Over 7 million NL residents could face pension cuts next year, large funds warn
Over 7 million Netherlands residents have to take into account that their pension benefit may be lower next year. The three largest pension funds in the country have too little cash to meet the government's funding ratio requirement and have little hope of meeting that target by the end of the year, they said to NOS.
In June, Minister Wouter Koolmees of Social Affairs and Employment announced that due to the coronavirus crisis, he will lower the coverage ratio from 100 percent to 90 percent this year. That means that instead of needing enough cash in hand to cover 100 percent of future pension payments, pension funds only need enough to cover 90 percent by the end of December. But even that 90 percent may be impossible to achieve, according to the three largest funds' analyzes of their first half of 2020.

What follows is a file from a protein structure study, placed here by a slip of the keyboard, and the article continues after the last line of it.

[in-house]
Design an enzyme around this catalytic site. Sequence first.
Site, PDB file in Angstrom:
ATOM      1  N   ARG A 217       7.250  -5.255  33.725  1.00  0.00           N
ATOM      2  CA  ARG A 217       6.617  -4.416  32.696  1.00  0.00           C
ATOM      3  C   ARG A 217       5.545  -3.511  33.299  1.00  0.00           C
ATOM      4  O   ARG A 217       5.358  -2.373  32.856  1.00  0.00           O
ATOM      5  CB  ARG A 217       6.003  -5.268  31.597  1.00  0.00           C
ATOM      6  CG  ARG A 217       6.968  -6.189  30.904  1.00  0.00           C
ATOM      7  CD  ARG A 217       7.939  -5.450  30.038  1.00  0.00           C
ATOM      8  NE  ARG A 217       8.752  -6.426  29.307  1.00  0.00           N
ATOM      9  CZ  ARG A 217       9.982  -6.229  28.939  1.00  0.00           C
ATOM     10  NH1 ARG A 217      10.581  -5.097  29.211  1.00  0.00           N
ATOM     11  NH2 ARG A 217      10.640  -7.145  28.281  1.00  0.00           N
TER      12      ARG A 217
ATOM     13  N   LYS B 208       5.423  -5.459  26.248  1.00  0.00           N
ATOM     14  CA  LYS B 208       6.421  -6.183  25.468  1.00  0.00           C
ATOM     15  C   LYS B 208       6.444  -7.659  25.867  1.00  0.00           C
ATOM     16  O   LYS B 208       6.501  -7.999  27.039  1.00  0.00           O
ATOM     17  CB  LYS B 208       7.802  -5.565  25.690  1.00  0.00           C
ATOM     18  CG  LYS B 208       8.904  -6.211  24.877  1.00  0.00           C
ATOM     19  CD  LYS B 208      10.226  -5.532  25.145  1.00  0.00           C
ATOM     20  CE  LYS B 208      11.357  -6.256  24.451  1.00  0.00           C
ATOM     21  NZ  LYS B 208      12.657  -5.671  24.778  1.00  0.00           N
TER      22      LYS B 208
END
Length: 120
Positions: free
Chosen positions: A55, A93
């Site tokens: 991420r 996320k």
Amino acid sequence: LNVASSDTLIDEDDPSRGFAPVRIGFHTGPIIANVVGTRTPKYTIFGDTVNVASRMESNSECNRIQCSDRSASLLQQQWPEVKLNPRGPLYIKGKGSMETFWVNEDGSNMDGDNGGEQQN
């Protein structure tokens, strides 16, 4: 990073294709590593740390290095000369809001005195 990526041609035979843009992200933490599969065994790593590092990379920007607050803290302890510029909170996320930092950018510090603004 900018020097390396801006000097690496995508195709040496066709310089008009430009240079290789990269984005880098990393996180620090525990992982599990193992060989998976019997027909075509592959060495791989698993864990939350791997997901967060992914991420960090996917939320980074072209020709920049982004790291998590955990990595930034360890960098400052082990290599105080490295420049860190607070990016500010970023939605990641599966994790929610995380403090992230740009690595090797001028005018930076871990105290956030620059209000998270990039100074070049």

ABP, the pension fund for government employees, is in the most trouble with a coverage ratio of 85.2 percent at the end of June. "As a result, based on the current state of affairs, the chance of a pension reduction for next year is realistic, also with the amended rules recently announced by Minister Koolmees," ABP chairman Corien Wortmann-Kool said to the broadcaster.
Health and welfare employees' pension fund PFZW and the fund for metal workers PMT also had funding ratios below 90 percent at the end of June. They called the chance of falling short at the end of December "significant"and "large", according to NOS.
The large pension funds have been struggling to meet the coverage ratio for some time. Koolmees also had to lower the funding ratio last year, to prevent pension cuts this year. The coronavirus crisis only made matters worse.
The first quarter of 2020 was particularly dramatic, due to massive losses on the stock market and falling interest rates. The stock market improved slightly in the second quarter, but interest rates remained low. Which means that the funds' positions improved only slightly. "There is no reason to put aside our concerns yet," Benne van Popta of PMT said to NOS.